The Young Agrarians Apprenticeship Program wants to fill its roster for when it launches in Manitoba and Saskatchewan next year.
Dana Penrice, Prairie program manager, says five Manitoba farms have signed on as mentors for the paid apprenticeship program. The program will be opening applications for those apprenticeship slots in the near future.
Why it matters: Proponents say the program offers aspiring young farmers the chance to “get their hands dirty” amid a landscape where formal regenerative agriculture mentorship is hard to come by.
The program recruits and matches apprentices with mentor farms, based on areas of interest. Apprenticeships typically kick off in April or May, and run anywhere from four to 10 months. In a typical year, that apprenticeship would also include a circuit of farm tours and the creation of a “learning cohort” among apprentices.
“Basically, we’re working with host farms that are kind of like leaders and educators in the regenerative farming movement and the kind of people who are really concerned with growing that next generation of farmers,” Penrice said.
“We work with them to create an apprenticeship program that fits their farm and kind of what their needs are,” she added.
The program counsels potential apprentices on which farms they might want to apply for, at which point the mentor farm chooses among the applicants.
Mentor farms are on the hook for the apprentice’s pay, Penrice said, although the program helps those farmers find and apply for government wage subsidy programs.
“We really want to invest in the next generation and it’s really hard for them to actually get started if they’re going to go and take a summer — if they’re students or something like that — if they’re going to take a summer and not get paid,” she said.
That does add an obstacle for some potential mentors, she acknowledged.
Apprentices are typically university-age aspiring farmers, Penrice said, while the program focuses on essential production skills, something Penrice says can range from basic equipment operation to soil health knowledge.
Filling the gap
For Troy Stozek of Fresh Roots Farm, the program is both a source of much-needed summer labour and a chance to pay his own mentorship experiences back.
“We have an apiary and a direct-marketing grass-fed beef and lamb business and a lot of it is really hands on,” he said. “We definitely need labour, and it’s just one of those ways we can kind of check both of those boxes off… do some of the knowledge sharing and transfer that we want to do in exchange for that much-needed labour.”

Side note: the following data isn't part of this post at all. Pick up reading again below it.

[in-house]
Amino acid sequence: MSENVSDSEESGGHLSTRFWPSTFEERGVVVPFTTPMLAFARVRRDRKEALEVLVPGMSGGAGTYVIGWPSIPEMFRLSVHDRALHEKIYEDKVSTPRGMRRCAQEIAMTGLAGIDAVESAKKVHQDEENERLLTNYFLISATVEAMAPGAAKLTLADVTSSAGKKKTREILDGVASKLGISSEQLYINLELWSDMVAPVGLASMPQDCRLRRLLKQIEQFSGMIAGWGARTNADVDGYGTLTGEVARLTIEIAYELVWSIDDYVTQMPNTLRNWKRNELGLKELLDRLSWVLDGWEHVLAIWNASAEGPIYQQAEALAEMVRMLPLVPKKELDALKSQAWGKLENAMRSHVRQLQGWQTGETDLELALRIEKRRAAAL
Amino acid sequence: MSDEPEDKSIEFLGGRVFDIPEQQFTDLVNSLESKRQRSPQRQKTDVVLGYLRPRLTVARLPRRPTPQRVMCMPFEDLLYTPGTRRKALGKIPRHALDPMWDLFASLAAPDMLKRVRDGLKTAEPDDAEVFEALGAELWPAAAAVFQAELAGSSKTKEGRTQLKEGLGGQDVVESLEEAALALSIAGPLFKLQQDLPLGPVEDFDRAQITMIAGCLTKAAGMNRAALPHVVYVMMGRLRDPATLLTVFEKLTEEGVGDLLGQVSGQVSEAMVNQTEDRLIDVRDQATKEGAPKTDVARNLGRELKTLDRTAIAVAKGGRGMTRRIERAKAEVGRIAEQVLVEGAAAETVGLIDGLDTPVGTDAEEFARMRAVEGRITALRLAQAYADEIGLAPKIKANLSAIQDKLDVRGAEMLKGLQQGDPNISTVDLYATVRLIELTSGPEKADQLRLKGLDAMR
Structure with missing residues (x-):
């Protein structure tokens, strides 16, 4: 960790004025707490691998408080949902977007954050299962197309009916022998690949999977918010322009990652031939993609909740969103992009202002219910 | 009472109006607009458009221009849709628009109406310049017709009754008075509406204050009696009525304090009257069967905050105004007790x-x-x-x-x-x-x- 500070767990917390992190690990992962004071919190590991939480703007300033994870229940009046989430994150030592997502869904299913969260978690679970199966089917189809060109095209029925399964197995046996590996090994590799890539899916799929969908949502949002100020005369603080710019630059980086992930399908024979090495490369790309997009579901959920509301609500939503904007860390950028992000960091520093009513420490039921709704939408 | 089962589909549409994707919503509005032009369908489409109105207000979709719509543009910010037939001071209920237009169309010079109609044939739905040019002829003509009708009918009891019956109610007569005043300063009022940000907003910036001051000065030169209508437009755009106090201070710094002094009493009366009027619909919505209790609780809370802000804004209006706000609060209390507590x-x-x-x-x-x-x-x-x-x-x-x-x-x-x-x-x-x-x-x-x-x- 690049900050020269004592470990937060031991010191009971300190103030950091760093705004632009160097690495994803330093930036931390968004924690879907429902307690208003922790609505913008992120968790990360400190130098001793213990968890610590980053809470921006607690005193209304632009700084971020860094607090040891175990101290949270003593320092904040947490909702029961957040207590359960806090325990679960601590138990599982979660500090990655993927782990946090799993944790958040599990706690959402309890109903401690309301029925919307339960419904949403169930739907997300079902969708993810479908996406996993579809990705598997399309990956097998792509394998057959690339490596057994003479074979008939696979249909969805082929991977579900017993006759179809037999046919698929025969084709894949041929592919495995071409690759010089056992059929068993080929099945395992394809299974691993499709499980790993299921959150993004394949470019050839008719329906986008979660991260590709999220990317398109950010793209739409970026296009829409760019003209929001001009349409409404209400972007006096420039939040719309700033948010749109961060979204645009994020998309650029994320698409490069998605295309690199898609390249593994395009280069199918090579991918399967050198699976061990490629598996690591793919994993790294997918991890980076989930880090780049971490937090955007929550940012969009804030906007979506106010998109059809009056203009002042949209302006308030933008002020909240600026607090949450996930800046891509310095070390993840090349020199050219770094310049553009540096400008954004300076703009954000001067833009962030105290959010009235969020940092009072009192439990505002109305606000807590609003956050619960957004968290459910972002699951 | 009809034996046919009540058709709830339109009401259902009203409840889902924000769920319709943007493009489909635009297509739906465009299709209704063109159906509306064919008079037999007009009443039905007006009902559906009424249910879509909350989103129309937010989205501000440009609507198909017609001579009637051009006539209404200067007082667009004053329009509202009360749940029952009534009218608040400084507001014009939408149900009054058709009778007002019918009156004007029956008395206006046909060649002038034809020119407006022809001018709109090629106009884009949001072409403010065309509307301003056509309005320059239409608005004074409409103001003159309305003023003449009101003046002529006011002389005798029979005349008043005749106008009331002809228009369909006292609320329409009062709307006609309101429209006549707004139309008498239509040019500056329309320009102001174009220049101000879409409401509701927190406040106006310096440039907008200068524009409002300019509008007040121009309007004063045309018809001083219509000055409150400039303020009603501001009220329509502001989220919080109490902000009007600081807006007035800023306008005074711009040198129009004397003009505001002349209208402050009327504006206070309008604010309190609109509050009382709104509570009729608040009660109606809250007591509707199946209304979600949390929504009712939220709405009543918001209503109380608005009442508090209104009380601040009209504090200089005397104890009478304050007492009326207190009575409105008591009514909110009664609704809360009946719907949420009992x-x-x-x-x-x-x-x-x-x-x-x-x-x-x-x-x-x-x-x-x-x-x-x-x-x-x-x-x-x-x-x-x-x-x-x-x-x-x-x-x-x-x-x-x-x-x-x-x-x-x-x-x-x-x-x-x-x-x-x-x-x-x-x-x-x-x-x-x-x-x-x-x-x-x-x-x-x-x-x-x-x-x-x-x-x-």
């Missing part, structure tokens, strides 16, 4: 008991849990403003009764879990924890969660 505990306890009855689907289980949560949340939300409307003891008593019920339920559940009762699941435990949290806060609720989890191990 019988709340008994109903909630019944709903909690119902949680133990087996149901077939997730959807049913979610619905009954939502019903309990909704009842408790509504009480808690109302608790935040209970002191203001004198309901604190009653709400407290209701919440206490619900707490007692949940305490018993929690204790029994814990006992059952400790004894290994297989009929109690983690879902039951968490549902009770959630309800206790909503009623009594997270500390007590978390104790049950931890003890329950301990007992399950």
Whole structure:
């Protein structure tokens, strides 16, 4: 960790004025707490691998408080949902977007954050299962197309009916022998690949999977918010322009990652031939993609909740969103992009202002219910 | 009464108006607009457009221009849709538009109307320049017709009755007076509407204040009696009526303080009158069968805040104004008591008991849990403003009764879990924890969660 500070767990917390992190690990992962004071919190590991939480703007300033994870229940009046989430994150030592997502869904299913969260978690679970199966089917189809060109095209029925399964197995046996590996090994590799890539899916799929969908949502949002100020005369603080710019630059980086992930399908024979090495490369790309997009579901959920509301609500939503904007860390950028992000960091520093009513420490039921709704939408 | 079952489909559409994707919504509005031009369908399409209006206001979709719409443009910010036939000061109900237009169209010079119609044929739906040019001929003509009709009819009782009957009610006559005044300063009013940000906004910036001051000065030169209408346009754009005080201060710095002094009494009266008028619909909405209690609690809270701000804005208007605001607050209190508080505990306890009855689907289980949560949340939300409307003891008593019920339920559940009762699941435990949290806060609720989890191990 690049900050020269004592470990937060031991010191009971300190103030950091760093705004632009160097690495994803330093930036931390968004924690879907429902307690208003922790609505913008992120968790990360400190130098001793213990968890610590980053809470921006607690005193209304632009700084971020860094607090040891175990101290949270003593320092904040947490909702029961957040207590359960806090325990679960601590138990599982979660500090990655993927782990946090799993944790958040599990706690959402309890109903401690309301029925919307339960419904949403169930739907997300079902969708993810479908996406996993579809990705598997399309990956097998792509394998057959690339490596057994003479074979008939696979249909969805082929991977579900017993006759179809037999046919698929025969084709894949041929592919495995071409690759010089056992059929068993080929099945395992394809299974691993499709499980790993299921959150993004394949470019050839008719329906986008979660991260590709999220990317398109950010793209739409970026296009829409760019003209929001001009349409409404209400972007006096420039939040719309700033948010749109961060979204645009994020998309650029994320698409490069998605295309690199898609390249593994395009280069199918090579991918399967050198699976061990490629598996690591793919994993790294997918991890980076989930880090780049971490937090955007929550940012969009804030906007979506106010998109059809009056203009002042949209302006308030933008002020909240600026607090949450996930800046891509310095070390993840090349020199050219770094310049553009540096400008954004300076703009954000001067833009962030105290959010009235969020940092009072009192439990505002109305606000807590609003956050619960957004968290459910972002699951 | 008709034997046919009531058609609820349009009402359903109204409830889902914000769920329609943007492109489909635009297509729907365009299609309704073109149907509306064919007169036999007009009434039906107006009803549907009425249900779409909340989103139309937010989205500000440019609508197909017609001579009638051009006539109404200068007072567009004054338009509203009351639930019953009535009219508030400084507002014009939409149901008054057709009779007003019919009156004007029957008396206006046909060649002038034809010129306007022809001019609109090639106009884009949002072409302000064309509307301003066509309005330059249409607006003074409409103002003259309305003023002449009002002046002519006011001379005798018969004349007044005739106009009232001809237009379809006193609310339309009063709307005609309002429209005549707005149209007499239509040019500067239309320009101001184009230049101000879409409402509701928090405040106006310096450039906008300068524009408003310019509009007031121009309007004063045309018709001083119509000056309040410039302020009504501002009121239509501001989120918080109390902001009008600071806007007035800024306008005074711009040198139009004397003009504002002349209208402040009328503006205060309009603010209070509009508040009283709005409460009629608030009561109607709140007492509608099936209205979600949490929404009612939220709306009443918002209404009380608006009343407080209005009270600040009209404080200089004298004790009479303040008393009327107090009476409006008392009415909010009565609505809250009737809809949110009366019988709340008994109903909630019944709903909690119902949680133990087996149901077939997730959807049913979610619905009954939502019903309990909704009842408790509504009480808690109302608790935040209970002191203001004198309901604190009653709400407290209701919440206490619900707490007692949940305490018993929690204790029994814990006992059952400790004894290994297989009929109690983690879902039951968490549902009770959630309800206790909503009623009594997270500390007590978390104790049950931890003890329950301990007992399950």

The farm also does hire local summer students, he said.
Stozek and his partner, Michelle Schram, started their mixed farm near Cartwright in 2011, on land previously farmed by Schram’s family. Before becoming so established, however, the couple spent their own share of time looking for guidance. Any childhood farm experience was more conventionally managed and marketed, Stozek said, while the couple’s aim was direct marketing and different modes of production.
Most of that mentorship was informal, according to Stozek — visits with similarly minded farmers met through various organizations. Most were also short, he said. While some stints ran for three to six months, most were more ad hoc.
There was some formal organization. Stozek spent time with WWOOF Canada (World Wide Opportunities on Organic Farms, an organization linking volunteer workers with organic production), while both he and his wife travelled with the same organization to South America for a cultural and educational exchange. But formal mentorships are rare, he said, and some programs are used more for travel experience rather than the nitty-gritty of starting one’s own farm.
It’s one of the things that sets Young Agrarians apart, Stozek argued.
“We really want to find people who are kind of invested in the idea of hopefully taking this experience and obtaining actual real-world skill to apply in a career of their own in agriculture,” he said.
“We want to find somebody who has, at the very least, has an interest in a wide diversity of stuff, because we do a wide diversity of stuff here,” he also said. “Tasks are quite varied and we have multiple enterprises.”
The program has already gained a foothold in the westernmost Prairies. Four years ago, Penrice launched the program in Alberta, where she was living, after noting a dearth of formal education programming in regenerative agriculture.
In the early 2010s, Penrice was part of a project exploring new programming for Prairie farmers.
“What I saw was that B.C. and Ontario had a ton of apprenticeship programs, like formal ones, and what I was worried about was if potential new farmers, aspiring farmers from the Prairies, were going to B.C. and Ontario and never coming back,” she said.
Her search eventually led her to a program out of New Mexico. The program, run by the Quivira Coalition, was less about market gardening (something the Young Agrarians leaves room for, but which is not the main focus of most mentorships) and more about larger-scale production like holistic management ranching or organic grain. That program became the inspiration for what is now Young Agrarians in the Prairies.
Penrice hopes to have 20 mentors signed up this year — five from both Manitoba and Saskatchewan and 10 from Alberta.
So far, Manitoba mentors for 2021 span market gardens, grass-fed beef, pasture-raised poultry, regenerative grain farming and organic grain farming.
Further details can be found at youngagrarians.org/apprenticeship-program.